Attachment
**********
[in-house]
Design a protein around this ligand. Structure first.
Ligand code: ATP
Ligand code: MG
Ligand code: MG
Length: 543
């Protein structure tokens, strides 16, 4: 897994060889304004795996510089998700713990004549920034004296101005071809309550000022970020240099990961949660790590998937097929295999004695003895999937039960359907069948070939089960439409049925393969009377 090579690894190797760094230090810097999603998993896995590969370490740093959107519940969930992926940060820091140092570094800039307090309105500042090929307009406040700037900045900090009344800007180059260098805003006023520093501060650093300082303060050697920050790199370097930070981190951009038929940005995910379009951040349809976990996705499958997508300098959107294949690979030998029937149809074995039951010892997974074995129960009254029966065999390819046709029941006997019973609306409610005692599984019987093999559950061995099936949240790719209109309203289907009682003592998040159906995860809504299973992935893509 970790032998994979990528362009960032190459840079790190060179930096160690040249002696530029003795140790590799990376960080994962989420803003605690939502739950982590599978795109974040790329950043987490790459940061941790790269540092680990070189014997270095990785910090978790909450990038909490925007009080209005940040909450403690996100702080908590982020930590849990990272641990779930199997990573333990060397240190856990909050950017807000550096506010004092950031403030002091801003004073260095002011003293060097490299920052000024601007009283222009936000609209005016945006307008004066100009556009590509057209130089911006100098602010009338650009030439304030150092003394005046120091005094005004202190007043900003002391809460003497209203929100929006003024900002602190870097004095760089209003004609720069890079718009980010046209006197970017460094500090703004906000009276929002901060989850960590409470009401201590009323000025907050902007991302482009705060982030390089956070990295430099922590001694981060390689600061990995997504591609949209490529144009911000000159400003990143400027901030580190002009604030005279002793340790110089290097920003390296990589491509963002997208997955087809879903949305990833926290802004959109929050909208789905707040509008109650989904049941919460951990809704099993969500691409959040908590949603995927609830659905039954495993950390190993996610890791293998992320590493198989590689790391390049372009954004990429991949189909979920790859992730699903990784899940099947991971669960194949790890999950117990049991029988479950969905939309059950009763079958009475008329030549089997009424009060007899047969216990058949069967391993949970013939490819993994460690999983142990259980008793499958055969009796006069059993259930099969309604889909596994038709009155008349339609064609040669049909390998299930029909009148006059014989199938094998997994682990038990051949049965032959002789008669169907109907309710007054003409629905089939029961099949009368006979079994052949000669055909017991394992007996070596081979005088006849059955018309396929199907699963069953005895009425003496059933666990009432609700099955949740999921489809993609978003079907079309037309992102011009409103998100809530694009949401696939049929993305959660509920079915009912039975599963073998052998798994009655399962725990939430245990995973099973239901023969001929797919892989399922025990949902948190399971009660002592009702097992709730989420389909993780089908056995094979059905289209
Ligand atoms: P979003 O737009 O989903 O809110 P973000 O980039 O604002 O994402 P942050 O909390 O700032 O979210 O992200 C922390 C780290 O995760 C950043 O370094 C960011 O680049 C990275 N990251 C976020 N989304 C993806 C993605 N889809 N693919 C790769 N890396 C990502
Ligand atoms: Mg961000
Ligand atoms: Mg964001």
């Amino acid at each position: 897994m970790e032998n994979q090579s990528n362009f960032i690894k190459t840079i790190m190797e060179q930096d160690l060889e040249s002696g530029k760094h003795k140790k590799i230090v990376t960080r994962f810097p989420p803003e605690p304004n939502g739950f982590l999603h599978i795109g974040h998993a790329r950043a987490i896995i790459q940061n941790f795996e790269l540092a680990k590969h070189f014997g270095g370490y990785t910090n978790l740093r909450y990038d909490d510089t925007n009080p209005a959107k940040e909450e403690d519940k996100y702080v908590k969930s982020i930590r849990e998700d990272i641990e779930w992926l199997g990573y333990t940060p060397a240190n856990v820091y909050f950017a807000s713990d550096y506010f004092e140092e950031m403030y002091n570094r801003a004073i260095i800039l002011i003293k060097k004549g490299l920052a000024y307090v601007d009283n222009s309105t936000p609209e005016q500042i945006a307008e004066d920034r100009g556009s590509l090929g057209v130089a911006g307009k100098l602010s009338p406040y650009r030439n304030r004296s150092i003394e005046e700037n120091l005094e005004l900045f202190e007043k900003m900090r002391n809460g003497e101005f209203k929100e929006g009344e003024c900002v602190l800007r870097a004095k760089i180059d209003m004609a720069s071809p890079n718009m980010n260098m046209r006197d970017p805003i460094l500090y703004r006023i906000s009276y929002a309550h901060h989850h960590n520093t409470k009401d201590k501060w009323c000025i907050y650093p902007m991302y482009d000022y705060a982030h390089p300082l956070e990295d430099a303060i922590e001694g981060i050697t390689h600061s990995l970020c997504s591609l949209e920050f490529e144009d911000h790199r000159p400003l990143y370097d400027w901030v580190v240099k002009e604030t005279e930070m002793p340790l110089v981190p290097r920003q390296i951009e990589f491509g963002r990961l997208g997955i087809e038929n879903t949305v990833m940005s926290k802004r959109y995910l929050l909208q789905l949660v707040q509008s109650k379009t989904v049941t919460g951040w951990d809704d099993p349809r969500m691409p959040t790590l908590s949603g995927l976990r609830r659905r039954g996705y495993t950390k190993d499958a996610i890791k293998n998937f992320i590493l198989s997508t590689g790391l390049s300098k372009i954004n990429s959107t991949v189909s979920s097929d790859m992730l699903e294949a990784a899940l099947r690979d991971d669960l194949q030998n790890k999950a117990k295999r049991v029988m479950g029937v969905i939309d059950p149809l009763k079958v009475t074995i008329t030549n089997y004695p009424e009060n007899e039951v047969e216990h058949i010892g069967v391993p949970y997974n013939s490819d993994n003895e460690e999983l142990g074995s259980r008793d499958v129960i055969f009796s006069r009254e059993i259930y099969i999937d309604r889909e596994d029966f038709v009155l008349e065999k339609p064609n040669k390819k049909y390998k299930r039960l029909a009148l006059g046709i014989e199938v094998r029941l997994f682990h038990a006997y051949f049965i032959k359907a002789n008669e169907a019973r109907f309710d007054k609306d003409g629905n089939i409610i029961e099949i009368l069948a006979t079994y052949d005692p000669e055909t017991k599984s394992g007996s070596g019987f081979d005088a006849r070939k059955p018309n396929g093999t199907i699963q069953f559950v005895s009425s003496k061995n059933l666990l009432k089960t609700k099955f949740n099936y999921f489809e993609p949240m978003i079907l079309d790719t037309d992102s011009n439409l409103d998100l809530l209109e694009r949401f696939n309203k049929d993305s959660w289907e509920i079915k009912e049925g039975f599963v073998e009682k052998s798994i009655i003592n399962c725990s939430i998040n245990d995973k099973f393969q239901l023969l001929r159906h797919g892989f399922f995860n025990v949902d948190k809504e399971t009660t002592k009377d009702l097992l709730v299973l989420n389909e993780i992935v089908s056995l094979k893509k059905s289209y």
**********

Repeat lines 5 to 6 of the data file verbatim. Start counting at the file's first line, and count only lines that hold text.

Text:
Ligand code: MG
Length: 543